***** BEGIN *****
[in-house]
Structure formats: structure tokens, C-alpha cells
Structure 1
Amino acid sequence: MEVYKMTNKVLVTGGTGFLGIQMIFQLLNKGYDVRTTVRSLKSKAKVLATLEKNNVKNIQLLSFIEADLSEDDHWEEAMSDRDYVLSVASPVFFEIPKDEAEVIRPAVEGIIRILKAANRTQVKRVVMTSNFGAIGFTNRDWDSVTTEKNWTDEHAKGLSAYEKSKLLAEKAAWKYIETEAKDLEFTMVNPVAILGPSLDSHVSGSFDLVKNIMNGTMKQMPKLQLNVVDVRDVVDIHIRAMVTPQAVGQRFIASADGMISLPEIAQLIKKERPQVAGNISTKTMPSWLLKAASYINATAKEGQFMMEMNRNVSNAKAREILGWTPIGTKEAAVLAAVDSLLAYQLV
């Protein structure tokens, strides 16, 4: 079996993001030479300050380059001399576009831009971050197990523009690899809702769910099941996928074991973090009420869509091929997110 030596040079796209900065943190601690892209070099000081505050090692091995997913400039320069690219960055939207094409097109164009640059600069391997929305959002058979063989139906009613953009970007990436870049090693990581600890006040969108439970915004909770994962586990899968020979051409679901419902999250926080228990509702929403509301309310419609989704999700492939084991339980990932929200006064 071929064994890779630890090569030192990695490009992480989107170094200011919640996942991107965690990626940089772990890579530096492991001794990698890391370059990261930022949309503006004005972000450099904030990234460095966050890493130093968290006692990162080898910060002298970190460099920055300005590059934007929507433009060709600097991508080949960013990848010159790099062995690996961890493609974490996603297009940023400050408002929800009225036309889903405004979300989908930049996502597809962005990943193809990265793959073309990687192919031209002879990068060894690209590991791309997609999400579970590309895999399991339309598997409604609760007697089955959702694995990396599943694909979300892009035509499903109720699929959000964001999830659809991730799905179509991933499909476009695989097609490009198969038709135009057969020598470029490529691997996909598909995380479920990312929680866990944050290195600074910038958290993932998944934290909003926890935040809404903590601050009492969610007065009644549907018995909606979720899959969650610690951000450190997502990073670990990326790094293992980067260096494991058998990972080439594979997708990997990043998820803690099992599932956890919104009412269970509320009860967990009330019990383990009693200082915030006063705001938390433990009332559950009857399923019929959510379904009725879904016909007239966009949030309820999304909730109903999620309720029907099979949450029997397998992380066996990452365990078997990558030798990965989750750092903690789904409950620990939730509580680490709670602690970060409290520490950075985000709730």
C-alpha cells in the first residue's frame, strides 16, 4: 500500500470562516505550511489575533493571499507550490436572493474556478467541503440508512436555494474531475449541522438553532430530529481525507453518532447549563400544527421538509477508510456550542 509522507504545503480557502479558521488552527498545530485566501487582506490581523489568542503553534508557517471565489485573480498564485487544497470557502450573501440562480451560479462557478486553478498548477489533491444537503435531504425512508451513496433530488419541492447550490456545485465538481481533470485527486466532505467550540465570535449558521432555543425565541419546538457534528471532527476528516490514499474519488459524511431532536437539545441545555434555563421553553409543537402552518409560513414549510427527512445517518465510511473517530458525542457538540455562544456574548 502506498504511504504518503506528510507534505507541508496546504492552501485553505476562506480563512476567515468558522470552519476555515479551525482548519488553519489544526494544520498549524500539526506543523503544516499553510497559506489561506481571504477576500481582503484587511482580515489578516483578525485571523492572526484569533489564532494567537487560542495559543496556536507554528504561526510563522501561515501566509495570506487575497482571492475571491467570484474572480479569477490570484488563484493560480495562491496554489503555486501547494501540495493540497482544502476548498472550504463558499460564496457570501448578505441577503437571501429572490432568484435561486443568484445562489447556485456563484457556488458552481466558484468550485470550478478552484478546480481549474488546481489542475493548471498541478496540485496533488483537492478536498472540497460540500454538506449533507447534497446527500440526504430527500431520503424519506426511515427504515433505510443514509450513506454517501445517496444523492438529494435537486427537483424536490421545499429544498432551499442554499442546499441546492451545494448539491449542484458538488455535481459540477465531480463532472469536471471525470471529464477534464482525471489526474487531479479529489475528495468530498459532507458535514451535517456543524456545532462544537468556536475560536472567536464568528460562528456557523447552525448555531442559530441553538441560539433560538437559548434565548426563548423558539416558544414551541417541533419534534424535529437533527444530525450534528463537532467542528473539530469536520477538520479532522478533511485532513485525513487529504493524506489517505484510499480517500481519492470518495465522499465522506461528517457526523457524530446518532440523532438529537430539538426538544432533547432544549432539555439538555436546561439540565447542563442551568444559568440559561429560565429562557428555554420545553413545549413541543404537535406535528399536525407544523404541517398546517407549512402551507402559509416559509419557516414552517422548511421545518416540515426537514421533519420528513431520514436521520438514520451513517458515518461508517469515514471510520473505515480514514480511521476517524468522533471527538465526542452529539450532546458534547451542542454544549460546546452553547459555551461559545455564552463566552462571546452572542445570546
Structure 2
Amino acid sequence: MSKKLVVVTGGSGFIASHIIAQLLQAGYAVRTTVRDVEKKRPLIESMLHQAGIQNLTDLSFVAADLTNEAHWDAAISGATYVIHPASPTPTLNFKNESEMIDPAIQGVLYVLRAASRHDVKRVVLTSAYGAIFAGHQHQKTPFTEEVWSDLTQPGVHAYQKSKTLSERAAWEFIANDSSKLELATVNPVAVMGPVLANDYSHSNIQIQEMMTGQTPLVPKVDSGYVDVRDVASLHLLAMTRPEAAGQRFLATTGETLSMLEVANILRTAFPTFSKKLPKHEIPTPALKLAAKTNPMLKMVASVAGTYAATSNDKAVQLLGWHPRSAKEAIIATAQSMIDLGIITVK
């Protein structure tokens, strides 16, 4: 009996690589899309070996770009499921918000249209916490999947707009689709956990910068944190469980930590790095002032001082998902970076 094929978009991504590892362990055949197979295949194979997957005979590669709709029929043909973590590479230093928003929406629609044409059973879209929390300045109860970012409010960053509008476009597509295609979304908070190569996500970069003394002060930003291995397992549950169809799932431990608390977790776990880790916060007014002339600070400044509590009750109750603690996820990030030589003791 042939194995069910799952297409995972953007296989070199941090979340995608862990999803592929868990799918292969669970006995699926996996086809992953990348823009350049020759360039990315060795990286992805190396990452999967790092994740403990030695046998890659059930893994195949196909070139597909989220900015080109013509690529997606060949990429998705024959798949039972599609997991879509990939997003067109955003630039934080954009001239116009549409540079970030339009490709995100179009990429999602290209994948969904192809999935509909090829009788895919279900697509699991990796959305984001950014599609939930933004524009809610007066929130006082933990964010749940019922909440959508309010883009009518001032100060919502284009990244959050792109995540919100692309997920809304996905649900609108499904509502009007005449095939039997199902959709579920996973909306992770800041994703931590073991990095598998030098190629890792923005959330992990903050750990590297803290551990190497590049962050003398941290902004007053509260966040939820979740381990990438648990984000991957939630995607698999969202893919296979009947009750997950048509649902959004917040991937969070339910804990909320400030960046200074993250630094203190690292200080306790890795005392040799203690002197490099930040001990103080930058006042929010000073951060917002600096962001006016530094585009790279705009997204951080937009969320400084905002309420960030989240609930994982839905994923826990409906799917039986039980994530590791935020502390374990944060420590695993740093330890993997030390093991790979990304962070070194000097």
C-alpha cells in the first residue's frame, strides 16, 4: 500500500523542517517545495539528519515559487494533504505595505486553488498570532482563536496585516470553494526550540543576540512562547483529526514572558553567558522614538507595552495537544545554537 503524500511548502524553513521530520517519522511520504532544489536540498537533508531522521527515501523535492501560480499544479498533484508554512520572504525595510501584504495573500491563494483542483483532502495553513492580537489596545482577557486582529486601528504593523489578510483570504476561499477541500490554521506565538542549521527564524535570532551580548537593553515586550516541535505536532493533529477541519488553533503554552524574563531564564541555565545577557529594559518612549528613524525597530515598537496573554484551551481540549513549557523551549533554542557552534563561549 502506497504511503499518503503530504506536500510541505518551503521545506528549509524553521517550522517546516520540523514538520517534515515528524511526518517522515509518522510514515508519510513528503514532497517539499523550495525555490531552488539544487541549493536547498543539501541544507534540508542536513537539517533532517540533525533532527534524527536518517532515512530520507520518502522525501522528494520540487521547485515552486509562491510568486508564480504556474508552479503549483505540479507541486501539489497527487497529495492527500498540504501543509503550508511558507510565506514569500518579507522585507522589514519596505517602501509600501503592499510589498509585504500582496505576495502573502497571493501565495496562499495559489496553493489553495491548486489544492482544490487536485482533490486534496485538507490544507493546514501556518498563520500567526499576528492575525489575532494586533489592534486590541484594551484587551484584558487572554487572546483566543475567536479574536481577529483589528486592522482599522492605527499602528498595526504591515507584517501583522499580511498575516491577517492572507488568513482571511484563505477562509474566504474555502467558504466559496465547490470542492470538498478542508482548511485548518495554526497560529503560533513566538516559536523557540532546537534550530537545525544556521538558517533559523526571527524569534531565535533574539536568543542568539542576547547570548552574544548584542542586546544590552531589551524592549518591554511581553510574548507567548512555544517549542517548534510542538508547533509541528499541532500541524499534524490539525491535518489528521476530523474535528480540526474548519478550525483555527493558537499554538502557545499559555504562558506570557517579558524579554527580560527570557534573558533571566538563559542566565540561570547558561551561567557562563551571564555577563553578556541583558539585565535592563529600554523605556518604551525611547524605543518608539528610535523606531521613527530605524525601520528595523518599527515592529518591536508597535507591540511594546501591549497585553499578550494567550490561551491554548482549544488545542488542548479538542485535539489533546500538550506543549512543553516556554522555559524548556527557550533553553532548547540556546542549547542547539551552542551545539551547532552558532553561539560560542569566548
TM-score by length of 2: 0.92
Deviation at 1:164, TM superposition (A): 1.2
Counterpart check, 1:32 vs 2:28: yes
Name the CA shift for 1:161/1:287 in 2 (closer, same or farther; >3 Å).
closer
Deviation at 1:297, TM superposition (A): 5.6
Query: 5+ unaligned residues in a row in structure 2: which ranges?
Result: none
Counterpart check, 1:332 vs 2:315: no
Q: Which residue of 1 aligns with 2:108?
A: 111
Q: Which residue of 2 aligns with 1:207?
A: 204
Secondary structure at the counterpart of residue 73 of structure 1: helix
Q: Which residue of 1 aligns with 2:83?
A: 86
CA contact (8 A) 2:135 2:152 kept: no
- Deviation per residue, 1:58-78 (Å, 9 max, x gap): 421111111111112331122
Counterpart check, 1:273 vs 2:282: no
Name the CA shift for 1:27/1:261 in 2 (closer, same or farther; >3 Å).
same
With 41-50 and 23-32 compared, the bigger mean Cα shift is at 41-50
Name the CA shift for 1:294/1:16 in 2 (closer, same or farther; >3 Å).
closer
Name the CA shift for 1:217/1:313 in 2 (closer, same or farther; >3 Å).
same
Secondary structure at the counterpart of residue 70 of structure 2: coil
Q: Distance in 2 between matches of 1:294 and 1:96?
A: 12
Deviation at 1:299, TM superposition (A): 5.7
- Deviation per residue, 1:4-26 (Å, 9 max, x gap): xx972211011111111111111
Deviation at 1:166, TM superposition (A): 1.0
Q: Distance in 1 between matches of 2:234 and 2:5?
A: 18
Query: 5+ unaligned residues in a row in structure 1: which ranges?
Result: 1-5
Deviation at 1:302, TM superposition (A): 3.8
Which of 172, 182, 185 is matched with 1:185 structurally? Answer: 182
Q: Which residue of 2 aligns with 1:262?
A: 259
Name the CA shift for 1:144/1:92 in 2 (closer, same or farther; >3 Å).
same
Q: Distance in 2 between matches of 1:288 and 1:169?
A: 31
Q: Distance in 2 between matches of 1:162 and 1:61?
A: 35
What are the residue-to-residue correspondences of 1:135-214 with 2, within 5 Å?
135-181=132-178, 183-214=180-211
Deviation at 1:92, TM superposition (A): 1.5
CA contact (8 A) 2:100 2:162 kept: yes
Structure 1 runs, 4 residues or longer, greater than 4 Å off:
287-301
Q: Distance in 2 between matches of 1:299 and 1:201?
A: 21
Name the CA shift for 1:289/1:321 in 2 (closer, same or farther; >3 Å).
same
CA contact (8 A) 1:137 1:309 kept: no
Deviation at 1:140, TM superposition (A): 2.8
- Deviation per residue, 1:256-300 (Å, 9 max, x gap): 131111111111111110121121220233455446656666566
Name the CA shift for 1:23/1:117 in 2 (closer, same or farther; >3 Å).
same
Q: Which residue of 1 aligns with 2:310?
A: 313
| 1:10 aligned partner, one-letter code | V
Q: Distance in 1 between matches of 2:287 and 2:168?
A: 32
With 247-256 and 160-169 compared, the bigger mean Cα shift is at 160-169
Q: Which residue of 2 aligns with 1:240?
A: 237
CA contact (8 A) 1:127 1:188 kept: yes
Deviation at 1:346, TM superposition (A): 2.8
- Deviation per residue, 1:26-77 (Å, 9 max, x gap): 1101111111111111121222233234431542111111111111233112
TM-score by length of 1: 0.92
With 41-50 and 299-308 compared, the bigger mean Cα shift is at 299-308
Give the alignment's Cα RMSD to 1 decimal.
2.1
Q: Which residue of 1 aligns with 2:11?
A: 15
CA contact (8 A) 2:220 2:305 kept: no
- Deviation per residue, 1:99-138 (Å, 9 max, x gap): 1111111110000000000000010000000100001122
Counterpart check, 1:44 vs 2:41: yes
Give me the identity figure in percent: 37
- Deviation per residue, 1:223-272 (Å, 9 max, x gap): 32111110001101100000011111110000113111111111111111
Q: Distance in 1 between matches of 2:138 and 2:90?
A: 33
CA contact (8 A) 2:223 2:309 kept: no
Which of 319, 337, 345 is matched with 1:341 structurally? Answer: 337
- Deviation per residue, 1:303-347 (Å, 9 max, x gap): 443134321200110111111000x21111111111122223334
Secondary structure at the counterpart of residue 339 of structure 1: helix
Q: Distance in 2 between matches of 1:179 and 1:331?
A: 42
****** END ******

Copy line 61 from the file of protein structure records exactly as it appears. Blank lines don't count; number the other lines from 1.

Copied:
Structure 1 runs, 4 residues or longer, greater than 4 Å off: